Key Points:

Prime Minister Helen Clark reopening Parliament this month set a goal for New Zealand to be carbon neutral and to define New Zealand as environmentally sustainable.

She wants this to brand New Zealand in a similar way that the anti-nuclear policy has.

"I believe New Zealand can aim to be the first nation to be truly sustainable," she told Parliament.

But like the anti-nuclear policy, the Government's energy policy is long on rhetoric. Enough hot air on climate change to fuel a power station has been generated.

The reality is that since Labour took office in 1999 New Zealand's emissions have grown at twice the rate of the United States, four times the rate of Japan and are even larger than Australia.

In the decade since Kyoto was signed, New Zealand has no policy and at the current rate will be several degrees warmer before an agenda is agreed.

Today, Contact Energy, announced a bold $2 billion five-year programme to build new renewable energy projects -- geothermal and wind -- that would fit Miss Clark's plans beautifully.

Contact's investment plans in renewable generation could play a significant role in helping advance a more sustainable and climate-friendly energy generation sector.

However, the country's biggest private sector power company, which has come to the wind party late, also told Miss Clark the Government needed to streamline the resource consent process to get the stations built in a reasonable time.

It also needed to finalise a policy on carbon tax, not only quickly, but comprehensively so it covers all producers, including farmers.

Contact believes geothermal is the best replacement for carbon producing gas and coal stations because it is more reliable than wind. But it has been frustrated by the six-year process it has taken to get resource consent to upgrade the Wairakei station, still months away.

To ensure security of power supply and achieve the Government goal of carbon neutrality, the consenting process needed to be changed.

Chief executive David Baldwin called for the Government to use the "call-in" process under the Resource Management Act, where there would be just one hearing under an Environment Court judge.

That should cut the process to a year. It would be particularly appropriate for the geothermal projects, but also for the four wind farms Contact is now considering.

Mr Baldwin said recent talks with the Government had not just been sympathetic to the idea, but "enthusiastic".

Contact plans to build up to 260MW of new geothermal generation, with two new power stations planned for the Taupo region.

The four wind generation projects at undisclosed sites could generate a total of 700MW. The development of any two of these sites would cost up to $1 billion.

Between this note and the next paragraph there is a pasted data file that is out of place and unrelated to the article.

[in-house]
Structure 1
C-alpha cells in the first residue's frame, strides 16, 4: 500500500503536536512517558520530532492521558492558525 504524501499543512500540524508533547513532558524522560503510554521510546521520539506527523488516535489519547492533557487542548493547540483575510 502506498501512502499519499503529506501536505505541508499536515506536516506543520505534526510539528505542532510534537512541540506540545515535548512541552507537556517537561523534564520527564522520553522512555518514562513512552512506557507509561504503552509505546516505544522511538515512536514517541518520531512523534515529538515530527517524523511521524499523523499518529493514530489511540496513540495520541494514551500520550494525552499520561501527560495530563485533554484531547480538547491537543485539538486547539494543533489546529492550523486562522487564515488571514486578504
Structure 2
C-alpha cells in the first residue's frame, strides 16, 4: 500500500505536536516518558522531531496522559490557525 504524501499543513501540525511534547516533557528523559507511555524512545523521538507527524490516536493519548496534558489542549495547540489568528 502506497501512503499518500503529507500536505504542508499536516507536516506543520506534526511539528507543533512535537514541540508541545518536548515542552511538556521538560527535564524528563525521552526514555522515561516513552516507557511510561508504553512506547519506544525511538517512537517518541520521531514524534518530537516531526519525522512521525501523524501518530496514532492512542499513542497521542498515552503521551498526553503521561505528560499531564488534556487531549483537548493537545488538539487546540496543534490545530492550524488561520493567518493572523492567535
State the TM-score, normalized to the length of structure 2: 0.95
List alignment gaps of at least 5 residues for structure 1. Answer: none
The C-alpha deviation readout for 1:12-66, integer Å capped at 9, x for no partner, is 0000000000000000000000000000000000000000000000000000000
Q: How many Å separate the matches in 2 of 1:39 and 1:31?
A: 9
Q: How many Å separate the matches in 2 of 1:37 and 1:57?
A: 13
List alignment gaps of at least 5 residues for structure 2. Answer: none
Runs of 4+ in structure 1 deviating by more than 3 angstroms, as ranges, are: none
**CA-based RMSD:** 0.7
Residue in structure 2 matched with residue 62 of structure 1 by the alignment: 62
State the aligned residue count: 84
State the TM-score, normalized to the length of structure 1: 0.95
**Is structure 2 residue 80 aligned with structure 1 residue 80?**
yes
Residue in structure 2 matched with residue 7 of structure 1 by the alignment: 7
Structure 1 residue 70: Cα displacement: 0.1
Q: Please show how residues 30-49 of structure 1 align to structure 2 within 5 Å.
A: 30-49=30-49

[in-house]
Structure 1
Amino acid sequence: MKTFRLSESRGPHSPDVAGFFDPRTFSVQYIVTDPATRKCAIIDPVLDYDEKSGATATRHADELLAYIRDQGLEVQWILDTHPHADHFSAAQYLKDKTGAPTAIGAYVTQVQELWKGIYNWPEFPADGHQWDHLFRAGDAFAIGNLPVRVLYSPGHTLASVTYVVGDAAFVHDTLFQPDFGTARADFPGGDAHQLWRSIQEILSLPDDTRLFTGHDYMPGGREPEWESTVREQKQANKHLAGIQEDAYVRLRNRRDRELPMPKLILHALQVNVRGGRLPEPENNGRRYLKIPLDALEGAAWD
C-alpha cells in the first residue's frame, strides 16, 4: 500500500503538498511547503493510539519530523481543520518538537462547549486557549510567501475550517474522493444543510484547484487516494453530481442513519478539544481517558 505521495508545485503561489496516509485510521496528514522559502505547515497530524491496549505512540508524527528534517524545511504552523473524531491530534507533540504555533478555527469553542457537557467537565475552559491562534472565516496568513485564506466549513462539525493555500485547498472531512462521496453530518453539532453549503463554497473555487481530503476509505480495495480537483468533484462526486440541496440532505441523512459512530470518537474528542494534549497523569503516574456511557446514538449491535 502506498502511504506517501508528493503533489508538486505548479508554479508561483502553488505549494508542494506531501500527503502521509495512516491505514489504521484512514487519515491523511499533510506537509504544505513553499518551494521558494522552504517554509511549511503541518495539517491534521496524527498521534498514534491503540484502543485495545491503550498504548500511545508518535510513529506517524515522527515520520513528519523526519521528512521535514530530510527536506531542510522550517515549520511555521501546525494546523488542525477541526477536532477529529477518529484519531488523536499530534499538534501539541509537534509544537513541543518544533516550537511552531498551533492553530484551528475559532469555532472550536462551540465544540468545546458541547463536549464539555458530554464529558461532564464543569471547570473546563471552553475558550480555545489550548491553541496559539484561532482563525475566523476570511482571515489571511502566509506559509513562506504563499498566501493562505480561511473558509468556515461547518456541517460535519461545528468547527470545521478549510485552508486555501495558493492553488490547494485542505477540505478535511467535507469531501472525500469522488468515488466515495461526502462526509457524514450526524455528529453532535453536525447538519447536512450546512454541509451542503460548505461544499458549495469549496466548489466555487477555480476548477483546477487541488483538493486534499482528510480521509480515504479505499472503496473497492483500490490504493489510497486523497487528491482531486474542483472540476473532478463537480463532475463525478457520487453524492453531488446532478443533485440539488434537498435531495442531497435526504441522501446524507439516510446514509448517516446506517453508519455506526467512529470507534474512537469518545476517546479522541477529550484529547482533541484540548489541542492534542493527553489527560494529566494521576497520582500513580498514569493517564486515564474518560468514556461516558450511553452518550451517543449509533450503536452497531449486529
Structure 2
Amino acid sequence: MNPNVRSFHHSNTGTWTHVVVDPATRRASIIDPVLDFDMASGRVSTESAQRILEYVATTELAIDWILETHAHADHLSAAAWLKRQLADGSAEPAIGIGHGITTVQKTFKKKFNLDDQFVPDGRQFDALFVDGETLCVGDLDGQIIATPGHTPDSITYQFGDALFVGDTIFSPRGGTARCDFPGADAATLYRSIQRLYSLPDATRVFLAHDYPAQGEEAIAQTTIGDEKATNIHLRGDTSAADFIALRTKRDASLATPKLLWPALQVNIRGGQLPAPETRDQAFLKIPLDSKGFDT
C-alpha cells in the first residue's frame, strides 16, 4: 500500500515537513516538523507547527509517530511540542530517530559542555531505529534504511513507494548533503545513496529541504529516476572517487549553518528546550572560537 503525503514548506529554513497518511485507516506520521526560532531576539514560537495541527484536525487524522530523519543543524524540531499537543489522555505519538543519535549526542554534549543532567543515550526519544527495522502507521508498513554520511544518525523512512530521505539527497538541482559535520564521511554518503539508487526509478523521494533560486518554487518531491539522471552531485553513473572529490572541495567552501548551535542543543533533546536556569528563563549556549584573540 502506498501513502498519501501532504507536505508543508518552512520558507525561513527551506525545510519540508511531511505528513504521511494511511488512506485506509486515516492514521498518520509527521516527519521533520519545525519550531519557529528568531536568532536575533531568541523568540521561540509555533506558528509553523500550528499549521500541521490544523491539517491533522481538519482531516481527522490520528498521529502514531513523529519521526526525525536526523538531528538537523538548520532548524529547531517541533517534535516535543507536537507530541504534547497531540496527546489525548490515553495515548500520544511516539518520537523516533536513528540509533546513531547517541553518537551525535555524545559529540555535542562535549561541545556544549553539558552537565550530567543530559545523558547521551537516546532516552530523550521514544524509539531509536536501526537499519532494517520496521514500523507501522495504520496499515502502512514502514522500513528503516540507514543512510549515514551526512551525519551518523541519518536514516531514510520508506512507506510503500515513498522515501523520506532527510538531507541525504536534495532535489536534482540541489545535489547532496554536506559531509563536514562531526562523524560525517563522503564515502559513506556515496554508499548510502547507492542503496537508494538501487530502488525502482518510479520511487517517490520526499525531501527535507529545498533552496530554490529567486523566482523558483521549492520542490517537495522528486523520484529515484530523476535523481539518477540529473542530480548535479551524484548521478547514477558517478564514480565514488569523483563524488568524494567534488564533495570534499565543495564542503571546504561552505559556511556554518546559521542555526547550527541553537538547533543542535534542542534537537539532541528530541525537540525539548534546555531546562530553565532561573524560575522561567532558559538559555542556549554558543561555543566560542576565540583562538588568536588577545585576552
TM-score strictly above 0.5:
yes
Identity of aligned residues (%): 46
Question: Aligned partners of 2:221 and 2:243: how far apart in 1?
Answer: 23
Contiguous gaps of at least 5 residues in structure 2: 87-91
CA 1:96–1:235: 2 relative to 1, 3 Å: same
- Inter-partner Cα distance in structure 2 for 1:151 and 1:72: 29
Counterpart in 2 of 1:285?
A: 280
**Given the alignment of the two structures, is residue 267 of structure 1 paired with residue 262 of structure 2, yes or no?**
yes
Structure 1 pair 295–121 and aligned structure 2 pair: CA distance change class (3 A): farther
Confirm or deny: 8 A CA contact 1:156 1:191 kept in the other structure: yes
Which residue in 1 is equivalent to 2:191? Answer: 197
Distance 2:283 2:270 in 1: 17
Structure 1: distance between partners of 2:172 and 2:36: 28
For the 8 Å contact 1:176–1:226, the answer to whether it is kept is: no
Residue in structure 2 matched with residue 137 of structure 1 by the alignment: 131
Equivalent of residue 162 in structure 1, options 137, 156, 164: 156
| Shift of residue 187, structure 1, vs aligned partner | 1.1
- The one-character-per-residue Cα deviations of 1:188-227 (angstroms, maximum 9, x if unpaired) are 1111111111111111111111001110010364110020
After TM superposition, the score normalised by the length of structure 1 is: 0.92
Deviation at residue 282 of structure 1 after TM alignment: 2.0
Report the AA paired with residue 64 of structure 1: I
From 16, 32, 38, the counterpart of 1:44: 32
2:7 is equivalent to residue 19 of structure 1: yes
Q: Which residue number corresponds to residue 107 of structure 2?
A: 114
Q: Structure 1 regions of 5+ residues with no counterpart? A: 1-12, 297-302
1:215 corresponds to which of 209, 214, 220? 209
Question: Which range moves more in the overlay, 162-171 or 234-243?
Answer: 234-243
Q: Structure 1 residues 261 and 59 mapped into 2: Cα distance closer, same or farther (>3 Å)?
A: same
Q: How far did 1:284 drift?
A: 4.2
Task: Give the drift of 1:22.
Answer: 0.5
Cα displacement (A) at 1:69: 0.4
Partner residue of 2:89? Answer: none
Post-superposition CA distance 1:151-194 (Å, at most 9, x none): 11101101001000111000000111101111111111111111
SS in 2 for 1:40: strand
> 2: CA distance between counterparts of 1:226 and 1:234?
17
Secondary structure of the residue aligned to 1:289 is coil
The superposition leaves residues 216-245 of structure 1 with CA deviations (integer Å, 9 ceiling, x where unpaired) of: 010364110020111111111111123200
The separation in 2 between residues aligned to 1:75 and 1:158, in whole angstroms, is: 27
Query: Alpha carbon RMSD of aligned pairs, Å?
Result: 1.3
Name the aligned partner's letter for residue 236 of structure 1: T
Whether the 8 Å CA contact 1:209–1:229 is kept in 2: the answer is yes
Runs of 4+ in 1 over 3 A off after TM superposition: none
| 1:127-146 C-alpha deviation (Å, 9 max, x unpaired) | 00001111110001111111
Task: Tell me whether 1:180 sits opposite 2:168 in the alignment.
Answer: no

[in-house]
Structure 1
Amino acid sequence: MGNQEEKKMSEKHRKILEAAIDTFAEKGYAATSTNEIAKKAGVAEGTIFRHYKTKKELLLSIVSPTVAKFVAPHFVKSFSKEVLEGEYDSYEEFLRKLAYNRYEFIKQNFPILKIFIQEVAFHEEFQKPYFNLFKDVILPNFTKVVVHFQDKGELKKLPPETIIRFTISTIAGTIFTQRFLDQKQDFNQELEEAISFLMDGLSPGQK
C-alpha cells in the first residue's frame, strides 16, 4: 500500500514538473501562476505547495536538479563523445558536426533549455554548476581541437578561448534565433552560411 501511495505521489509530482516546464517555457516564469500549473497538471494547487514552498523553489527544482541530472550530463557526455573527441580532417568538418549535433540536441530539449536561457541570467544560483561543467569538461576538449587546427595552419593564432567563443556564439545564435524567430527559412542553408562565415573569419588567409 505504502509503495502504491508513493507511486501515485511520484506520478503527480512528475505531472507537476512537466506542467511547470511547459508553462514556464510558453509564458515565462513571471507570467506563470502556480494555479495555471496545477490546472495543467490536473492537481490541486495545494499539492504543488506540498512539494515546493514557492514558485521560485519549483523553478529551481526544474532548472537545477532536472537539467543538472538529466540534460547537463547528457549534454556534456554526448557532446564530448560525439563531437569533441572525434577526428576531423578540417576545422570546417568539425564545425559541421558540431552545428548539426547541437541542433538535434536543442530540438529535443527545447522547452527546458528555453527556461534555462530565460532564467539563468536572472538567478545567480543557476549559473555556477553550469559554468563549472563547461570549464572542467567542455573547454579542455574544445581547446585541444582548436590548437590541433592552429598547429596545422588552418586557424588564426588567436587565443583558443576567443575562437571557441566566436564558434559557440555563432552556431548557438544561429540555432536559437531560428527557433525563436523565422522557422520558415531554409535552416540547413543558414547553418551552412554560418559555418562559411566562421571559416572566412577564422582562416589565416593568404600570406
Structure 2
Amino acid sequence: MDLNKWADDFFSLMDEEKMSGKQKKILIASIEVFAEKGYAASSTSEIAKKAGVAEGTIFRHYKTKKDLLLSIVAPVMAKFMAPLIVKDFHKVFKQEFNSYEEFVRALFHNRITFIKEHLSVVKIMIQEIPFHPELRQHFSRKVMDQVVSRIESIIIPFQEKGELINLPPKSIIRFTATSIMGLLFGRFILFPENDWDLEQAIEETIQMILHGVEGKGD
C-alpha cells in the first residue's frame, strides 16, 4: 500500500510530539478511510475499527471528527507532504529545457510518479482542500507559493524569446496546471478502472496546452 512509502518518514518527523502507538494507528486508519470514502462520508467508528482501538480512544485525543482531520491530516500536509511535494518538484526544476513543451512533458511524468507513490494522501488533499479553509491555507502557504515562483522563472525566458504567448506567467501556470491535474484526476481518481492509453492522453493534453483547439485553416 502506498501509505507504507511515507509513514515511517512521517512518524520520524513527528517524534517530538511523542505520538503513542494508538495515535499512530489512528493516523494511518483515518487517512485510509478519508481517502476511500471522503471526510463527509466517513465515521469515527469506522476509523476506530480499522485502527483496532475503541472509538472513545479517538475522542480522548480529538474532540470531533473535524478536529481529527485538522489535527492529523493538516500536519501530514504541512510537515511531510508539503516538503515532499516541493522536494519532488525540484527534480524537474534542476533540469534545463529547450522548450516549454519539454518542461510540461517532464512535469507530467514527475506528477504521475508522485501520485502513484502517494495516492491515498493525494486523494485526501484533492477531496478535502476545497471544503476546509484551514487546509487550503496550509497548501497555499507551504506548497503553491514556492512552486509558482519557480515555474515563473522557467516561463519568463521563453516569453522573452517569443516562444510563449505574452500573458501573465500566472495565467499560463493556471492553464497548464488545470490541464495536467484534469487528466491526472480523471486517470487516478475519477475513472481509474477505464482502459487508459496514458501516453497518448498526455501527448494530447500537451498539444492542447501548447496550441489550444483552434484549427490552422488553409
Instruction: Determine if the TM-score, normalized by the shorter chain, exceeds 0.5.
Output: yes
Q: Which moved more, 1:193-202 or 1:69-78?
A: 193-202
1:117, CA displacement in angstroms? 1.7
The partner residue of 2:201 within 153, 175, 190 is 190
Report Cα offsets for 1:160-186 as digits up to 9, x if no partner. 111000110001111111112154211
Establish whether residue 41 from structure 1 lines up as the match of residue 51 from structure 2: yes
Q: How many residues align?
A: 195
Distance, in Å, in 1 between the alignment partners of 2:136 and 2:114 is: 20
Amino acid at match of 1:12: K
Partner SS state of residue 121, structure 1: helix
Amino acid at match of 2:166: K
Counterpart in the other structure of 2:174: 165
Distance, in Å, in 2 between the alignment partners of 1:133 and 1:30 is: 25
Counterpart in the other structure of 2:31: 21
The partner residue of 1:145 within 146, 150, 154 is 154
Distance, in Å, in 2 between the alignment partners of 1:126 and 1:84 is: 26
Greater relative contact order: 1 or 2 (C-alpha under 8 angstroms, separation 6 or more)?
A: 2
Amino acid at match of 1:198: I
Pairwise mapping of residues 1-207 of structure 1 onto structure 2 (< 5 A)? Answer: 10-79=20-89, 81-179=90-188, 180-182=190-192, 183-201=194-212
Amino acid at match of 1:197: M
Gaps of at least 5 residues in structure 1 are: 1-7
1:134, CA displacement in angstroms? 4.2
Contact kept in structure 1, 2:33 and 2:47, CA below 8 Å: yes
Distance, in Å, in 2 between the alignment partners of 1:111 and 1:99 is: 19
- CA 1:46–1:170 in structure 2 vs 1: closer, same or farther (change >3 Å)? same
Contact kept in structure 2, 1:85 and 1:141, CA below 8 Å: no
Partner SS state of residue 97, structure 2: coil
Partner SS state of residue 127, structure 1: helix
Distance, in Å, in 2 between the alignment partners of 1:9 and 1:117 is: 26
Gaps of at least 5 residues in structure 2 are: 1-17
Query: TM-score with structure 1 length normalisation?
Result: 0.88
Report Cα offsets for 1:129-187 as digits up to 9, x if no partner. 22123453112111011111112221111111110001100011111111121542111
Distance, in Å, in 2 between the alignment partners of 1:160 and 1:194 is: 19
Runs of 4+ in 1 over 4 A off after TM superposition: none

To encourage a speedy consenting process for its geothermal programme, Mr Baldwin said he could delay the building of the already-consented carbon-producing, gas-fired, 400MW Otahuhu C by 18 months.

However, he added, that plant was still necessary and would help replace inefficient, dirty, old thermal plants, such as Huntly.

The giant 1000MW Huntly station, owned by Genesis, would become a back-up station rather than a base-load one, helping further reduce emissions.

As well as streamlining the consent process, the Government needed to finalise a fair, market-based pricing system for carbon emissions.

"We support the Government's commitment to addressing climate change, but feel strongly that, if New Zealand is serious about taking meaningful steps to reduce our greenhouse gas emissions, then we need price signals across the entire economy."

Electricity generation produces around 10 per cent of the country's greenhouse gas emissions. The Government has done nothing, and apparently plans to do little, to address greenhouse gas emissions from farming, which produces 50-60 per cent of New Zealand's total.

Contact was prepared to invest billions in new, renewable generation but it needed investment certainty and a market reflecting true costs of energy generation, rather than any system of subsidies and interference in the market, Mr Baldwin said.

The bad news of all this investment is that consumers will pay the price.

The cost of renewable generation was rising even without carbon pricing.

"We are moving into a carbon constrained era," Mr Baldwin said.

The $2 billion investment plan put paid to hopes Contact would make a capital return to shareholders.

Contact shares which have risen 19 per cent since last year, rose 37 cents to a record $8.95 after today's profit result and investment plan news.

Jason Lindsay, energy analyst for First NZ Capital said the shares rose on expectation that Contact's leap into renewable energy would allow it to benefit from "a carbon constrained world."